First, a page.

Monday, November 1, 2010

Anatomy of the Belly

Zola's Le Ventre de Paris (1873), the third novel in the Rougon-Macquart series, is a mix of two distinct genres of prose fiction. First. there is a pretty straightforward novel, where the protagonist (Florent), escapes from imprisonment in Devil's England, gets a job through family connections in the Les Halles, and after getting caught up in a socialist conspiracy, is arrested and sent off again.

The second stream in the book is what Northrop Frye in His Anatomy of Criticism (1957) termed "anatomy". Among other things, literary anatomies take delight in cataloguing and describing the features of the world around it. If novels are aimed at describing the social world, anatomies dwell on the objects that make up the material world.

Le Ventre de Paris is an in-depth portrait of the newly upgraded central food market, literally from top (the glass and cast iron roofing) to bottom (the sub-basements),. a prose poem delighting in vivid descriptions and long lists of the goods on sale. The tour ranges from a loving look at the contents of the Quénu charcuterie to the sights and and smells of the market for fresh-and salt-water fishes. It includes in-depth visits to the vegetable sellers, the fruiterers, the florists, the cheese sellers, the butchers, the bakers, and so on.

Part of this description is painterly. We see in part through the eyes of Claude Lantier, an avant-garde (Cézanne-like) painter who will figure as the hero of his own book later in the series (L'Oeuvre). We are meant to see vividly the colors, the shimmering of the goods, even in the darkness of pre-dawn and the shimmering of gas-light.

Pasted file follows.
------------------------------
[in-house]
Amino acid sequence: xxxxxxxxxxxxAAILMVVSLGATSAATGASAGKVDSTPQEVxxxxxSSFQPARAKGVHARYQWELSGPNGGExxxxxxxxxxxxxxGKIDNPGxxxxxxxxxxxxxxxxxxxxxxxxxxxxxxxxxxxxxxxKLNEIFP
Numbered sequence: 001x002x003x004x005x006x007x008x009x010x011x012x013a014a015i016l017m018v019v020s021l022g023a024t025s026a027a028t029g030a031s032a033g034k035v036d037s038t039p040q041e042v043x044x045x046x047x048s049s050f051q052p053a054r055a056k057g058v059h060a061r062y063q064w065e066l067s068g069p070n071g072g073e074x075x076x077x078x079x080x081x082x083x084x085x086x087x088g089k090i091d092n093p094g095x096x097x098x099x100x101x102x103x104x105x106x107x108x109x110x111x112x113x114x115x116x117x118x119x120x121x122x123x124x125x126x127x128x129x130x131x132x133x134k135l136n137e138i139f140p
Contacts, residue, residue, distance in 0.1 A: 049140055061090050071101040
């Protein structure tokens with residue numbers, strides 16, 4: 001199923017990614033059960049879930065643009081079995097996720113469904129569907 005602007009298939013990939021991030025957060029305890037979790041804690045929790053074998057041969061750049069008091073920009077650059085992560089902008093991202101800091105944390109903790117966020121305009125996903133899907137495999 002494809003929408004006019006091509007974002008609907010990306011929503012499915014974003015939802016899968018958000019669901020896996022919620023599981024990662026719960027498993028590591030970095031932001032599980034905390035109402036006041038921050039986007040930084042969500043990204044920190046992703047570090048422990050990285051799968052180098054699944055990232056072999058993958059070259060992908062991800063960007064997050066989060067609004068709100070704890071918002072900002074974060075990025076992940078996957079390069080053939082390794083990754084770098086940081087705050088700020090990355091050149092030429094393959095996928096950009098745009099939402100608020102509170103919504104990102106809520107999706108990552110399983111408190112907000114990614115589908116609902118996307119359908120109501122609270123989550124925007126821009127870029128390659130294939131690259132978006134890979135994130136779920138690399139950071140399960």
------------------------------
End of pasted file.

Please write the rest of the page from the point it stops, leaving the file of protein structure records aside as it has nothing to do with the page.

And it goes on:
But Zola engages all our senses: smells (both pleasing and putrid but mist notable in the so-called "Cheese Symphony"), tastes (blood sausage to carrots), textures (as the various workers get their hands in the products they make prepare and serve), and noises (the early-morning cacophony, the bustle and gossip of the workers).

For the non-native reader, the vocabulary mountain is high, and while one might be tempted to skip over the various fishes or sausages, the fact is that the poetry, and the point, is in the details. This poem – which has no logical beginning pr end, run in parallel with the more traditional narrative of Florent's modest rise and fall.

The tone is Rabelaisian, both in terms of the wide and concrete vocabulary, and the sense of connection to the real, multi-sensory word, both wondrous and nauseating -- after all, the belly is at the center of both Gargantua and Le Ventre de Paris. Zola reintroduces the Rabelaisian into French literature.

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